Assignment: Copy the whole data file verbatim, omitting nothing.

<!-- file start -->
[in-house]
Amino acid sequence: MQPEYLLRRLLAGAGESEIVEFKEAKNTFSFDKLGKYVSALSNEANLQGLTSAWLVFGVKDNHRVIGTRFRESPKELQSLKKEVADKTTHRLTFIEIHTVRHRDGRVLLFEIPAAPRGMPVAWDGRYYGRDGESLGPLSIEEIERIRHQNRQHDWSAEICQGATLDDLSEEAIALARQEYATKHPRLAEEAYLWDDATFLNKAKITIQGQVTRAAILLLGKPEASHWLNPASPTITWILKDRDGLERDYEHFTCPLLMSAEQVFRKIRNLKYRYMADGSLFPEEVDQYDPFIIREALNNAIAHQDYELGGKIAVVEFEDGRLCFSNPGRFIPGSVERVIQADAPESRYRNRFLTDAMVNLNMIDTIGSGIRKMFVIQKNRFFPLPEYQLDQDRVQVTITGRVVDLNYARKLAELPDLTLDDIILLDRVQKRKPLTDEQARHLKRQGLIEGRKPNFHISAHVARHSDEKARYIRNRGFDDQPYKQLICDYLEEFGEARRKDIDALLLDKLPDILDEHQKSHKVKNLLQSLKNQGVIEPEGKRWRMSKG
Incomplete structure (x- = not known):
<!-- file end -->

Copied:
[in-house]
Amino acid sequence: MQPEYLLRRLLAGAGESEIVEFKEAKNTFSFDKLGKYVSALSNEANLQGLTSAWLVFGVKDNHRVIGTRFRESPKELQSLKKEVADKTTHRLTFIEIHTVRHRDGRVLLFEIPAAPRGMPVAWDGRYYGRDGESLGPLSIEEIERIRHQNRQHDWSAEICQGATLDDLSEEAIALARQEYATKHPRLAEEAYLWDDATFLNKAKITIQGQVTRAAILLLGKPEASHWLNPASPTITWILKDRDGLERDYEHFTCPLLMSAEQVFRKIRNLKYRYMADGSLFPEEVDQYDPFIIREALNNAIAHQDYELGGKIAVVEFEDGRLCFSNPGRFIPGSVERVIQADAPESRYRNRFLTDAMVNLNMIDTIGSGIRKMFVIQKNRFFPLPEYQLDQDRVQVTITGRVVDLNYARKLAELPDLTLDDIILLDRVQKRKPLTDEQARHLKRQGLIEGRKPNFHISAHVARHSDEKARYIRNRGFDDQPYKQLICDYLEEFGEARRKDIDALLLDKLPDILDEHQKSHKVKNLLQSLKNQGVIEPEGKRWRMSKG
Incomplete structure (x- = not known):